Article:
They did not deal with him internally, even after they called the problem to their attention.

  11. 11
    kevinalexander

    Couldn’t they just put stickers in his texts saying that these are just theories?

    Kidding aside, I agree with PZ. You should definitely shine a bright light on the nonsense that Hedin is teaching, if only to warn prospective students that there is no science in his ‘science’ course. Firing him goes too far as it sets a precedent that could be cited in less clear cut cases.

  12. 12
    Gojira74

    “Firing him goes too far as it sets a precedent that could be cited in less clear cut cases.”

    Who said he should be fired?

  13. 13
    sadunlap

    In the documentary Manufacturing Consent Noam Chomsky describes how a holocaust denier hoodwinked him. The French government attempted to stop the publication of the denier’s book then Chomsky took the denier’s side because he had great reservations about state-sanctioned history. It’s very uncomfortable to find yourself on the “wrong” side of the line between dreadful crap peddlers and reputable scholars. Unfortunately, that’s where these fights start and unscrupulous politicians will try to push the line further into rational and reasoned academic output. Best not to set the precedent in the first place.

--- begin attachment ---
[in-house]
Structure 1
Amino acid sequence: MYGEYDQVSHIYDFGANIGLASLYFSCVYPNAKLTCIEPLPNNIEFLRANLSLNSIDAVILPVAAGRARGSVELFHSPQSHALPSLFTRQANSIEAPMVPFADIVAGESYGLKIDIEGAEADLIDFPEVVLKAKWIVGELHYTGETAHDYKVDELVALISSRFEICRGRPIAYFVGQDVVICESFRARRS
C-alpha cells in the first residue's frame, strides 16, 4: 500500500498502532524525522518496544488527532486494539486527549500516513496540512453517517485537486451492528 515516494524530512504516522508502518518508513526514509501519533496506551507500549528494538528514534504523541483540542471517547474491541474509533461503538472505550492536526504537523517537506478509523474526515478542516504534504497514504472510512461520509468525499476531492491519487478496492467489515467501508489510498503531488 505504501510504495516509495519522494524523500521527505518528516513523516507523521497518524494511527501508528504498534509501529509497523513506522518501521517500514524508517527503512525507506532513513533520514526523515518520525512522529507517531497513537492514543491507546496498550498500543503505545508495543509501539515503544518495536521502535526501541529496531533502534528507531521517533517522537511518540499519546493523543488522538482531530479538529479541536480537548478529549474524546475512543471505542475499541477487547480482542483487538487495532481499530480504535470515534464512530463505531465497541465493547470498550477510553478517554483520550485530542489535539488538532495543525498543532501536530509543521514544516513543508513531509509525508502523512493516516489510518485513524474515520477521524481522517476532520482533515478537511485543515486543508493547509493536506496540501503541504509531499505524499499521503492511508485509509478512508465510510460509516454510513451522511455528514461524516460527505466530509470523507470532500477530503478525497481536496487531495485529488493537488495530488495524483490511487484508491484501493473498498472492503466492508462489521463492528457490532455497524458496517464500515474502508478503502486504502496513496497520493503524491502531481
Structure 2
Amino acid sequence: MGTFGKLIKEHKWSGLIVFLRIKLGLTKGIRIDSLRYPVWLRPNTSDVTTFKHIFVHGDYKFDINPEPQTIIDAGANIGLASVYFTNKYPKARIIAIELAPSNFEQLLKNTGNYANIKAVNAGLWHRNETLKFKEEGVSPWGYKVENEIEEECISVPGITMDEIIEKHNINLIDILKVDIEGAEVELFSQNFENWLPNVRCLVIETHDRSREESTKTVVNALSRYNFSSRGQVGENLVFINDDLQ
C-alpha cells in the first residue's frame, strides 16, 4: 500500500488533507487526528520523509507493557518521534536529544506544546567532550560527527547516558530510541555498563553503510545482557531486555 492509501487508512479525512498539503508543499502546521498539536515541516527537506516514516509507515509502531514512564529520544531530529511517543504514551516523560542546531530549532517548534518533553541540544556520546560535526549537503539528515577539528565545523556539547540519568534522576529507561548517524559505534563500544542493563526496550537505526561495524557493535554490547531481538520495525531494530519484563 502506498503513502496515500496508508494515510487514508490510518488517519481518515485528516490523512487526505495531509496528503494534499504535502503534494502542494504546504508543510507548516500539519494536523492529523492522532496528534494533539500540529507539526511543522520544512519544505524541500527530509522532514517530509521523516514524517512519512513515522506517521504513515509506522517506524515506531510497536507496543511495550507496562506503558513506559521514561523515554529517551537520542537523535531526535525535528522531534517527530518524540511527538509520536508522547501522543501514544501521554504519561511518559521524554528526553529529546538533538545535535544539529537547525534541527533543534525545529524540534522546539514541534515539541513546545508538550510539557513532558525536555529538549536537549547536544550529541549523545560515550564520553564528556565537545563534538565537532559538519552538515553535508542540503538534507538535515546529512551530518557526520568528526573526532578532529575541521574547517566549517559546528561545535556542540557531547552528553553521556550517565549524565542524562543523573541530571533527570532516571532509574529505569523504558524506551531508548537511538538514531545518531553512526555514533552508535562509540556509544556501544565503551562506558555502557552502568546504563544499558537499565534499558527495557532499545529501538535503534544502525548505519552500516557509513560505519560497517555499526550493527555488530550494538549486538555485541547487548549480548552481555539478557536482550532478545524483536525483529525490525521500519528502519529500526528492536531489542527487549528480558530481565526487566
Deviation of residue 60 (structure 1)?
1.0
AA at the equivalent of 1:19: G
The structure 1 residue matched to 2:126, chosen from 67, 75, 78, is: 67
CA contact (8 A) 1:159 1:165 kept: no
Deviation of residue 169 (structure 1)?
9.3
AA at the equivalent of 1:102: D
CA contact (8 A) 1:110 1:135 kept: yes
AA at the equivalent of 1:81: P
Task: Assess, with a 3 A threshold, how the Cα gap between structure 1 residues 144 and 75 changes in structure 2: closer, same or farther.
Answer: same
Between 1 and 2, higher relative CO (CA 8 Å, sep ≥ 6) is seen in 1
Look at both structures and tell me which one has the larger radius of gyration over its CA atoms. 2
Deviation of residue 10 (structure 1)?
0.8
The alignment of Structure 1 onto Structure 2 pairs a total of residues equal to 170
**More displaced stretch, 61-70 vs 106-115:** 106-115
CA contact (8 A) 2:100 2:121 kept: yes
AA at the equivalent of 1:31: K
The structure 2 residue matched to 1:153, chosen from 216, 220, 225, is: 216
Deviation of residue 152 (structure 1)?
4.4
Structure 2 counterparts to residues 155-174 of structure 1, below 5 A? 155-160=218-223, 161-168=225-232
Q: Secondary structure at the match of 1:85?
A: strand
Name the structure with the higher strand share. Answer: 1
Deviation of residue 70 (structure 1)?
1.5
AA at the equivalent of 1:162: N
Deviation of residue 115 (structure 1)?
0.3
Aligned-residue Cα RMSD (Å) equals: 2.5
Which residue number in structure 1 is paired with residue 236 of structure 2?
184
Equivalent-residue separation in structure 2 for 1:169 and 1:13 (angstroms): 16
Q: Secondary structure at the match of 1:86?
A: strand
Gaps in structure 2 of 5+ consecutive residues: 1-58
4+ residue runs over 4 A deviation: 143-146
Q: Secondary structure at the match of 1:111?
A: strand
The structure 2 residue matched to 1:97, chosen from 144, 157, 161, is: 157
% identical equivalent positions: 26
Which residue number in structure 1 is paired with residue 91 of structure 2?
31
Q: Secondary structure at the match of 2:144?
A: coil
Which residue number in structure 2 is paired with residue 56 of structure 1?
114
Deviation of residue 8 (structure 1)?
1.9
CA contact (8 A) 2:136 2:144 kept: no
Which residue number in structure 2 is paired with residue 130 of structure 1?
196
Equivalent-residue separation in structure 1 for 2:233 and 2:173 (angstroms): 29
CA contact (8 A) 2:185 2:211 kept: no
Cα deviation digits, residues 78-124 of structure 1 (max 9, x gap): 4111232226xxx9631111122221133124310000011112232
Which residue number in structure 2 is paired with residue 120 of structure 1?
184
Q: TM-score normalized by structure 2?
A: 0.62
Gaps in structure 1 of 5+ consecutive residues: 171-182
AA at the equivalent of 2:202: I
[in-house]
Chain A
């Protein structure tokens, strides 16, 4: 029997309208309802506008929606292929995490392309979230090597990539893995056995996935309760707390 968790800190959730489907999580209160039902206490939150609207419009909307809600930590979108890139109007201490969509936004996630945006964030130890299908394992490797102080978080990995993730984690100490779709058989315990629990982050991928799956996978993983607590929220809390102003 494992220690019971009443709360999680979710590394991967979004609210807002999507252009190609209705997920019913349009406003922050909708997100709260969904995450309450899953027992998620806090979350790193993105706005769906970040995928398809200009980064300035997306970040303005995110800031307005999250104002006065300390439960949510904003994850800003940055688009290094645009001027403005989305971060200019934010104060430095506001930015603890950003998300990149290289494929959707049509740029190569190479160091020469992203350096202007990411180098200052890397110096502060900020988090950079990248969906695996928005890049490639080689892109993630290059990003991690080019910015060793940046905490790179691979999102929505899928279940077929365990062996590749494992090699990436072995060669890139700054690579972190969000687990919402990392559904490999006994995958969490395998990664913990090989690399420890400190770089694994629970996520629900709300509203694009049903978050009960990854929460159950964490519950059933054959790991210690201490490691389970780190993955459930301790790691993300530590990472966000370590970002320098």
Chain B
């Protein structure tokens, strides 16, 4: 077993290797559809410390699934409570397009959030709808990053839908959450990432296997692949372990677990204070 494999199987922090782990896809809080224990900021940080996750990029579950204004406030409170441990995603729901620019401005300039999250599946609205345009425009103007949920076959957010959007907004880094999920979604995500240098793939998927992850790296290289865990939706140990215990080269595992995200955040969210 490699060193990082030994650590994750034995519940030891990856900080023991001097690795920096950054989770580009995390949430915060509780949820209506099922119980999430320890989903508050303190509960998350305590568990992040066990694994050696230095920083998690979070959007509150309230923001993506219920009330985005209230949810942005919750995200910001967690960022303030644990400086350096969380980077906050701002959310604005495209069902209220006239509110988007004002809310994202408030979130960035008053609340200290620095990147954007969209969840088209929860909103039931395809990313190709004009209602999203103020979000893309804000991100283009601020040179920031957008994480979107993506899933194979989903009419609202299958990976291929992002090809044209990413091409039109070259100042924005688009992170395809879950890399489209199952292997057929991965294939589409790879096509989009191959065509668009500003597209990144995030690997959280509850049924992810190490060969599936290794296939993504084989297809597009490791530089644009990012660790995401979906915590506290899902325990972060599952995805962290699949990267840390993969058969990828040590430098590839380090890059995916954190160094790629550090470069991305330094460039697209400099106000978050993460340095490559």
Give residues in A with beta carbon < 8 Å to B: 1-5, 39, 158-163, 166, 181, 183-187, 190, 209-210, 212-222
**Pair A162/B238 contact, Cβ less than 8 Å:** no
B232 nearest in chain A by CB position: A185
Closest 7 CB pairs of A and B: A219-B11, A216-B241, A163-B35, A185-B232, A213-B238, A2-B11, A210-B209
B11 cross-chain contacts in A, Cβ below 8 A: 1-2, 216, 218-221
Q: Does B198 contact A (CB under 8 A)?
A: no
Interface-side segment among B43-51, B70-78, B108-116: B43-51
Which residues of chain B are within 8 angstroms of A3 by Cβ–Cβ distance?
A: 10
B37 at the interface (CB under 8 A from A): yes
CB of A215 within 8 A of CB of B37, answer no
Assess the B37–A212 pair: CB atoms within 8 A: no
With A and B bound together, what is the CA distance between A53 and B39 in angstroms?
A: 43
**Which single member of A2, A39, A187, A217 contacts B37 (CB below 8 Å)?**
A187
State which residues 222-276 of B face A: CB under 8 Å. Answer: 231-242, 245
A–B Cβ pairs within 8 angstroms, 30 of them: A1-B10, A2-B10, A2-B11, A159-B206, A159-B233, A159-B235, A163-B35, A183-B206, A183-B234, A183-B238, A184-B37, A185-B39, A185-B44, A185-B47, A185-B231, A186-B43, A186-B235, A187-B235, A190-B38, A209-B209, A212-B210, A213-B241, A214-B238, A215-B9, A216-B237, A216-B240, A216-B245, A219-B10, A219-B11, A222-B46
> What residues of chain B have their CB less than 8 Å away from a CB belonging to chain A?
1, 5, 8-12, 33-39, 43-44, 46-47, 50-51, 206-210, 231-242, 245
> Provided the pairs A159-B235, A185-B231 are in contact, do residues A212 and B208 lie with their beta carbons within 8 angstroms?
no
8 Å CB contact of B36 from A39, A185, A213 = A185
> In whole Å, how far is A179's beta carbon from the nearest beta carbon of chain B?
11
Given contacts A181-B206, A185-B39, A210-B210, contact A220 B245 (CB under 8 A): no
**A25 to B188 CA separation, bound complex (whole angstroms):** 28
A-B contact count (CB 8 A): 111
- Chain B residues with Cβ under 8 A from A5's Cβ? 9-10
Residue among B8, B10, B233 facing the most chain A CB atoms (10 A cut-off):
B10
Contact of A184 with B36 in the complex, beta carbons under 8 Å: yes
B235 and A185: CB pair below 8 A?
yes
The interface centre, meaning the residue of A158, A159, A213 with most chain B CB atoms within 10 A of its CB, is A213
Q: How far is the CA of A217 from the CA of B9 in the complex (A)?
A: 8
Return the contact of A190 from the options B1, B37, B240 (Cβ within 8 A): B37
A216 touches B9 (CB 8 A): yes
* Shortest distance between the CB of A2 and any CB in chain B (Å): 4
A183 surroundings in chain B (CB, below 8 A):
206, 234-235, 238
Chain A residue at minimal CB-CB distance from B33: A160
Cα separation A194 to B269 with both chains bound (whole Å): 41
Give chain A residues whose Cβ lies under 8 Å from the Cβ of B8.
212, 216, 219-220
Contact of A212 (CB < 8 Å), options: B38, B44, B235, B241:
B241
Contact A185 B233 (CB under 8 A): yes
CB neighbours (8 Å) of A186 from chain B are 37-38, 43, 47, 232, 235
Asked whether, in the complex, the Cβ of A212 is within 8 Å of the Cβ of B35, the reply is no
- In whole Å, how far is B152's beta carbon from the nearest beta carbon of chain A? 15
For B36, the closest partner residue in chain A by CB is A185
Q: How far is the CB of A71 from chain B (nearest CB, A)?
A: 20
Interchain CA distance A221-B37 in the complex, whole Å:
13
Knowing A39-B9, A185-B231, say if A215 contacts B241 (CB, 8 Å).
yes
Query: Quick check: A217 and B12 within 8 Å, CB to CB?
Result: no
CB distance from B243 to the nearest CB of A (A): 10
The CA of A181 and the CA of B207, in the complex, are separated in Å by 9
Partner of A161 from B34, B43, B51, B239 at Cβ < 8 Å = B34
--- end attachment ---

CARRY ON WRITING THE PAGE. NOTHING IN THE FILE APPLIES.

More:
14. 14
    brianpansky

    also this “skepticism = fear” stuff

    yes, shouldn’t we be afraid of delusion?

  15. 15
    Argle Bargle

    Since Hedin is an Assistant Professor he’s not likely to have tenure. The time to take action is when the tenure committee is considering him.

  16. 16
    calliopejane

    All of our faculty have a bare-minimum standard of teaching courses in accordance with accreditation requirements. If a professor is teaching in such a way that our program/college could lose its accreditation, and steadfastly insists on doing so, that is indeed a serious problem that merits disciplinary hearing.

    But this is now politically charged, so possibly that should be avoided. While giving him inconsequential electives may be an attempt to contain his damage, I think the best solution would be to do as Raven suggested above, move the course to a more appropriate department like philosophy or religious studies. That would avoid making a martyr of the guy for the fundies, while also avoiding delivering garbage to students who paid tuition and enrolled in a class to learn something about science.

    Have students complained? If I signed up for an honors-level science course (even an elective) and I got this garbage, I would be pissed!

  17. 17
    ChasCPeterson

    They did not deal with him internally, even after they [s/b 'we'?] called the problem to their attention.

    Not yet, anyway.

    The time to take action is when the tenure committee is considering him.

    oh, there are ways of not having to wait until then. Denial of reappointment turns out to be much easier and less messy thatn waiting to deny tenure.

  18. 18
    Crip Dyke, Right Reverend Feminist FuckToy of Death & Her Handmaiden